The Hollywood Juicer wrote about a director on his blog recently:
it seemed clear that he considered the camera operators and production support people (ADs, script, and camera coordinator) to be “the crew.” The rest of us – the juicers who sweated atop 12 step ladders re-hanging heavy lamps on a swing set after the production designer brought in a virtual forest of trees tall enough to block all the lamps we’d already hung (a nasty, dangerous task with very little room for error), and the grips who hung the pipes, set the flags, and moved all those walls – apparently don’t register on his radar.
I’ve noticed that most people mentally divide the crew, in one form or another. There are generally about a hundred people on set, for a decent-sized movie or TV show. Add in the production office, post-production, producers, actors, and various support crew (like catering), and you’re getting dangerously close to Dunbar’s number.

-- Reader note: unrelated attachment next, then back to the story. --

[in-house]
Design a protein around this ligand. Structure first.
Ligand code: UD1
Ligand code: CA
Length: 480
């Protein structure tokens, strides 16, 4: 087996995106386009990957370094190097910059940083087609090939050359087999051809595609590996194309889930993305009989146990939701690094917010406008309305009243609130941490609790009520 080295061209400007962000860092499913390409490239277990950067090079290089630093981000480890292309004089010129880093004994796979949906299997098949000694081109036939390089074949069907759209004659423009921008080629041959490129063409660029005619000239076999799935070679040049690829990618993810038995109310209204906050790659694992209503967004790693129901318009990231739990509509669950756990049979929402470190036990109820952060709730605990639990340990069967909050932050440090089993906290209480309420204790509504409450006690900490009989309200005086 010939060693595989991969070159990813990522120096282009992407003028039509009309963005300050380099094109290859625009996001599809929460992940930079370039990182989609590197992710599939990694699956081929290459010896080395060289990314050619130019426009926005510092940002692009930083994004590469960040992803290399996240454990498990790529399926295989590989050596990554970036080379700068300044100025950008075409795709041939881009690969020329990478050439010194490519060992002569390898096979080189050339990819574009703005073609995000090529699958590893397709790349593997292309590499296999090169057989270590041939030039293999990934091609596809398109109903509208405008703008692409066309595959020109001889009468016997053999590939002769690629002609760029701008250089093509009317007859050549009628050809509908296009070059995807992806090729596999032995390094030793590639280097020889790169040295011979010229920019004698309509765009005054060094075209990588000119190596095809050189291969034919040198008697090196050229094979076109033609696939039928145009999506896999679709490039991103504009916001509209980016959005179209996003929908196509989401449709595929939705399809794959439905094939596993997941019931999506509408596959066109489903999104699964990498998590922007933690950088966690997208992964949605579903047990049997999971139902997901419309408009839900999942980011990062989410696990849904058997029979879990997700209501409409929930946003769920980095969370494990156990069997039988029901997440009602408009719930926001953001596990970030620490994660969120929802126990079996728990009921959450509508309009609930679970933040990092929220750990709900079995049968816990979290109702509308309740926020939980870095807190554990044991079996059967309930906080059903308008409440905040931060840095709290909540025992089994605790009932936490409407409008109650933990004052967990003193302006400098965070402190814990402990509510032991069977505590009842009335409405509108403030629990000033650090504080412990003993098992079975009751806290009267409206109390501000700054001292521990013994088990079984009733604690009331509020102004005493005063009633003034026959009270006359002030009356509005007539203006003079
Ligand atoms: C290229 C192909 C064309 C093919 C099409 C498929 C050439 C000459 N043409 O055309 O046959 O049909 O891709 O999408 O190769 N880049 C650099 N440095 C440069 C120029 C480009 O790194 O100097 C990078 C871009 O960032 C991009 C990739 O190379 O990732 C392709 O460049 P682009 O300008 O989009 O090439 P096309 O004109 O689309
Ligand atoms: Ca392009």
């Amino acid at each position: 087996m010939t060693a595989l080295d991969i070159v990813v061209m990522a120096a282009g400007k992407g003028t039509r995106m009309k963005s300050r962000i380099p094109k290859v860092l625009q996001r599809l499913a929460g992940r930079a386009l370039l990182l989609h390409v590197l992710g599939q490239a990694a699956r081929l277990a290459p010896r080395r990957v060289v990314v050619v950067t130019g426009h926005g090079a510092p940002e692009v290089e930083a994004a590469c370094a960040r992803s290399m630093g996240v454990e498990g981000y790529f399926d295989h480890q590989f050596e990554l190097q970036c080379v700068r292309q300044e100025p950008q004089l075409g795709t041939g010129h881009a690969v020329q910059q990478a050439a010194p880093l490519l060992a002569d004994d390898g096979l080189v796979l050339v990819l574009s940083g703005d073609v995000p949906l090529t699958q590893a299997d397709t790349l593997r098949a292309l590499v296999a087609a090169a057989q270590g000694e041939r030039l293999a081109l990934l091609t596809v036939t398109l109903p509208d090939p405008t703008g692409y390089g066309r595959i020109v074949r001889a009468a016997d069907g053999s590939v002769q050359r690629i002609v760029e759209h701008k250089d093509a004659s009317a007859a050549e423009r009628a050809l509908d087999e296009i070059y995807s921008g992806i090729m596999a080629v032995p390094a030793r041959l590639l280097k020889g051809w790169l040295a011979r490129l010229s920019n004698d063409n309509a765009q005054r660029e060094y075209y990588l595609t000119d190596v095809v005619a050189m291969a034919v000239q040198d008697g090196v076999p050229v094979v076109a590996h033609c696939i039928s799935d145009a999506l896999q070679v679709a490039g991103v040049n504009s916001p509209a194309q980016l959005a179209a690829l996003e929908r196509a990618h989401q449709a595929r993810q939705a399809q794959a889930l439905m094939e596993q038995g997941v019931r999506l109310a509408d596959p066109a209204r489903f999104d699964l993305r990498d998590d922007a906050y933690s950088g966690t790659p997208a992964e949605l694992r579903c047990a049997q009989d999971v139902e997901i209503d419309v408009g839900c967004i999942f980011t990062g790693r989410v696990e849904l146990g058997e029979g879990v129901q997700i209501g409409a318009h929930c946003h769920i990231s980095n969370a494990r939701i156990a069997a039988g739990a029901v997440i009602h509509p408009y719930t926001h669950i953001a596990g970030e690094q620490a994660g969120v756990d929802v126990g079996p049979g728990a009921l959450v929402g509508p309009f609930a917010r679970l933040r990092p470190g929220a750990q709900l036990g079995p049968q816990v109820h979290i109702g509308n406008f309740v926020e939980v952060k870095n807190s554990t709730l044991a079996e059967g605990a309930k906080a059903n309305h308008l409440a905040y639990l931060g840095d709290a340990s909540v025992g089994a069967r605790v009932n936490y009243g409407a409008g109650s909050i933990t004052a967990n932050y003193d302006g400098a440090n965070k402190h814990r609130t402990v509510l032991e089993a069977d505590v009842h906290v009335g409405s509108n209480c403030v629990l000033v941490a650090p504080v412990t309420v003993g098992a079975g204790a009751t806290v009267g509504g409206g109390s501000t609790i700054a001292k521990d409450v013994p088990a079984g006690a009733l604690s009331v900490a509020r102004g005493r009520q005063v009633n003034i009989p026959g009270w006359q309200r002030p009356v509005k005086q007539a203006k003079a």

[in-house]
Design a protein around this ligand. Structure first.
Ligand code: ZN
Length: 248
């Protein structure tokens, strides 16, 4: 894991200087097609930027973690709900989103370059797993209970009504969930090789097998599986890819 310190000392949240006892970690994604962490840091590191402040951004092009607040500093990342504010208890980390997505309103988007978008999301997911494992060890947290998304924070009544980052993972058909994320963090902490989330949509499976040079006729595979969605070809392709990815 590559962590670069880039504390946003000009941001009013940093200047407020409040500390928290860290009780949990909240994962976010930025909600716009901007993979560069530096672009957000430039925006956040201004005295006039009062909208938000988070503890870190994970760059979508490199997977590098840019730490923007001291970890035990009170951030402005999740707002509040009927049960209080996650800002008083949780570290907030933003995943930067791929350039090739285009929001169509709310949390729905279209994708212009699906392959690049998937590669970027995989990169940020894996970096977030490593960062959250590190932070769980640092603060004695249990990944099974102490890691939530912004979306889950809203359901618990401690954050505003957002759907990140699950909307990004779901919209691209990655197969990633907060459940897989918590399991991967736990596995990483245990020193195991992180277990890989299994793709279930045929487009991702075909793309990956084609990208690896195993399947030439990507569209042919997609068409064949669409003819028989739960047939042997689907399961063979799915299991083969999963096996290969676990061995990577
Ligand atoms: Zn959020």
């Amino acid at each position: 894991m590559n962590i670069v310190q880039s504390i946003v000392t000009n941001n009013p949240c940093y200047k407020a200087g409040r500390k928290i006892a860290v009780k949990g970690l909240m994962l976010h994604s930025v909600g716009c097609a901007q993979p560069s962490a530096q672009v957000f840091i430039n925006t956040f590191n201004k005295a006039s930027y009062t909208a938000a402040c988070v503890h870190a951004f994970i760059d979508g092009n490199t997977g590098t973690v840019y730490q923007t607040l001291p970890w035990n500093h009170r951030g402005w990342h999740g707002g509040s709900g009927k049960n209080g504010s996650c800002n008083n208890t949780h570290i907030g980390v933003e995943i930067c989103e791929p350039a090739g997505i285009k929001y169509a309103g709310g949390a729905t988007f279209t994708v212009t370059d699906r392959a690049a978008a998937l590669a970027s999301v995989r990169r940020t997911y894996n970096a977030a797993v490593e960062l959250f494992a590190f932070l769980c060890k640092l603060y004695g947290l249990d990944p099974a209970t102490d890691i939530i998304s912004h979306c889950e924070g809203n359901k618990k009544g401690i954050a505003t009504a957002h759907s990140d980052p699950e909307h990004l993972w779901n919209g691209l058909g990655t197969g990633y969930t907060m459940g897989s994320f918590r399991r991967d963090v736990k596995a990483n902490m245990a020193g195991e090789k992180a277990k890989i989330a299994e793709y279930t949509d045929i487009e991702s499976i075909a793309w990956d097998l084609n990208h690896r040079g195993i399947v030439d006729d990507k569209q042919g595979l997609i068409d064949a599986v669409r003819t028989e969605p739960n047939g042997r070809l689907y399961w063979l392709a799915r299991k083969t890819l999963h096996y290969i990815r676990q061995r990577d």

It’s just about impossible to know everybody, so sometimes you just have to pick who you know. I doubt many grips know the editors on their show, for instance.
This one AD I worked with referred to the “hard crew” (camera, grips, electrics, PAs) and the “soft crew” (hair, make-up, costume). He insisted that the hard crew eat first at every meal, to the point of cutting in line. I could never bring myself to do that, no matter how hungry I was.
A director likely has to meet with a lot of producer and execs, so I can certainly understand why he wouldn’t know a juicer’s name (much less a PA’s).
Of course, this doesn’t excuse his callous behavior. The EP on a game show I worked on used to go around and shake everybody’s hand at wrap and say, “Thank you.” Every single person on the crew. Sure, he had no idea who most of us were, and had only the vaguest sense of what job we did, but the effort was appreciated.
HJ’s director could learn a thing or two from this guy.